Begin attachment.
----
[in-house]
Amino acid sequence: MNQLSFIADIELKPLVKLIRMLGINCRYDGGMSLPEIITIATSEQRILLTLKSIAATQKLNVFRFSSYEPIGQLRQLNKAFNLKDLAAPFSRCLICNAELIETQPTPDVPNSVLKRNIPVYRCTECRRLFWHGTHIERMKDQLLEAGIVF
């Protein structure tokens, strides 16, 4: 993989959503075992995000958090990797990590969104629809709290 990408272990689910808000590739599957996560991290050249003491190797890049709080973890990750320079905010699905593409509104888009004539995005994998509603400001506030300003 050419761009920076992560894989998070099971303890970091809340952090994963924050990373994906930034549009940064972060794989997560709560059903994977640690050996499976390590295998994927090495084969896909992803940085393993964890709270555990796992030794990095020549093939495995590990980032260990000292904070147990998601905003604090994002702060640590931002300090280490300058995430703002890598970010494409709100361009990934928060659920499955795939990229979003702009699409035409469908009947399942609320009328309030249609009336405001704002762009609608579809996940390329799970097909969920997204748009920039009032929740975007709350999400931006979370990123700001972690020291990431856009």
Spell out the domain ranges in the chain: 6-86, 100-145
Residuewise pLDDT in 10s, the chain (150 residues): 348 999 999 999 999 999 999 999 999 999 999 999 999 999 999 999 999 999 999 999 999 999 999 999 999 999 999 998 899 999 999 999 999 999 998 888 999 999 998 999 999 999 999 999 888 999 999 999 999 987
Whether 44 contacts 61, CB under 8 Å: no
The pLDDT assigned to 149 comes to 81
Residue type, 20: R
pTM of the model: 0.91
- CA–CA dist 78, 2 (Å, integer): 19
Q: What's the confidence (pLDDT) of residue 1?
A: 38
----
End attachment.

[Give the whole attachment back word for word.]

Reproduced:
[in-house]
Amino acid sequence: MNQLSFIADIELKPLVKLIRMLGINCRYDGGMSLPEIITIATSEQRILLTLKSIAATQKLNVFRFSSYEPIGQLRQLNKAFNLKDLAAPFSRCLICNAELIETQPTPDVPNSVLKRNIPVYRCTECRRLFWHGTHIERMKDQLLEAGIVF
């Protein structure tokens, strides 16, 4: 993989959503075992995000958090990797990590969104629809709290 990408272990689910808000590739599957996560991290050249003491190797890049709080973890990750320079905010699905593409509104888009004539995005994998509603400001506030300003 050419761009920076992560894989998070099971303890970091809340952090994963924050990373994906930034549009940064972060794989997560709560059903994977640690050996499976390590295998994927090495084969896909992803940085393993964890709270555990796992030794990095020549093939495995590990980032260990000292904070147990998601905003604090994002702060640590931002300090280490300058995430703002890598970010494409709100361009990934928060659920499955795939990229979003702009699409035409469908009947399942609320009328309030249609009336405001704002762009609608579809996940390329799970097909969920997204748009920039009032929740975007709350999400931006979370990123700001972690020291990431856009």
Spell out the domain ranges in the chain: 6-86, 100-145
Residuewise pLDDT in 10s, the chain (150 residues): 348 999 999 999 999 999 999 999 999 999 999 999 999 999 999 999 999 999 999 999 999 999 999 999 999 999 999 998 899 999 999 999 999 999 998 888 999 999 998 999 999 999 999 999 888 999 999 999 999 987
Whether 44 contacts 61, CB under 8 Å: no
The pLDDT assigned to 149 comes to 81
Residue type, 20: R
pTM of the model: 0.91
- CA–CA dist 78, 2 (Å, integer): 19
Q: What's the confidence (pLDDT) of residue 1?
A: 38